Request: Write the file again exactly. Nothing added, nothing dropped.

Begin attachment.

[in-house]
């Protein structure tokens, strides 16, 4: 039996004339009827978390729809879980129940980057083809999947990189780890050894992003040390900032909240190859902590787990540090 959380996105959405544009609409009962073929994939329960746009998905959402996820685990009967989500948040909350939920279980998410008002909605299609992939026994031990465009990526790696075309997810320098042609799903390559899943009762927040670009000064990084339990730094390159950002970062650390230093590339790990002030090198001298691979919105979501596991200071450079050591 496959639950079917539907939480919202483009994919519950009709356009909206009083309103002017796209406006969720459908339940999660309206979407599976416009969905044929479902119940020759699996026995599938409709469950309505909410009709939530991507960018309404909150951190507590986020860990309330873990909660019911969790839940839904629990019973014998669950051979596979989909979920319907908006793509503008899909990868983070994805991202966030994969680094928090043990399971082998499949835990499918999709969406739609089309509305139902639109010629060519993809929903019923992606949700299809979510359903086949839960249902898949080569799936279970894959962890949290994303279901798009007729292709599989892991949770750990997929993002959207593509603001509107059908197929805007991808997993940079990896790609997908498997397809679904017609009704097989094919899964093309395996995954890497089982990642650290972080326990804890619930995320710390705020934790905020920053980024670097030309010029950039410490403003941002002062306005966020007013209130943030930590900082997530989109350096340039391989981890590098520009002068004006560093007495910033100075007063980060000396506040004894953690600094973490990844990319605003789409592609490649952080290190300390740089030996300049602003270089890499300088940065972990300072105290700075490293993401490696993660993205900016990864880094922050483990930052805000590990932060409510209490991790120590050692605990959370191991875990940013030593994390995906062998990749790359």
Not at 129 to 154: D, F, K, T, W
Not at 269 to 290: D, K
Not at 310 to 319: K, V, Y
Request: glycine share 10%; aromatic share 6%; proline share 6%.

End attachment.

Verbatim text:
[in-house]
């Protein structure tokens, strides 16, 4: 039996004339009827978390729809879980129940980057083809999947990189780890050894992003040390900032909240190859902590787990540090 959380996105959405544009609409009962073929994939329960746009998905959402996820685990009967989500948040909350939920279980998410008002909605299609992939026994031990465009990526790696075309997810320098042609799903390559899943009762927040670009000064990084339990730094390159950002970062650390230093590339790990002030090198001298691979919105979501596991200071450079050591 496959639950079917539907939480919202483009994919519950009709356009909206009083309103002017796209406006969720459908339940999660309206979407599976416009969905044929479902119940020759699996026995599938409709469950309505909410009709939530991507960018309404909150951190507590986020860990309330873990909660019911969790839940839904629990019973014998669950051979596979989909979920319907908006793509503008899909990868983070994805991202966030994969680094928090043990399971082998499949835990499918999709969406739609089309509305139902639109010629060519993809929903019923992606949700299809979510359903086949839960249902898949080569799936279970894959962890949290994303279901798009007729292709599989892991949770750990997929993002959207593509603001509107059908197929805007991808997993940079990896790609997908498997397809679904017609009704097989094919899964093309395996995954890497089982990642650290972080326990804890619930995320710390705020934790905020920053980024670097030309010029950039410490403003941002002062306005966020007013209130943030930590900082997530989109350096340039391989981890590098520009002068004006560093007495910033100075007063980060000396506040004894953690600094973490990844990319605003789409592609490649952080290190300390740089030996300049602003270089890499300088940065972990300072105290700075490293993401490696993660993205900016990864880094922050483990930052805000590990932060409510209490991790120590050692605990959370191991875990940013030593994390995906062998990749790359």
Not at 129 to 154: D, F, K, T, W
Not at 269 to 290: D, K
Not at 310 to 319: K, V, Y
Request: glycine share 10%; aromatic share 6%; proline share 6%.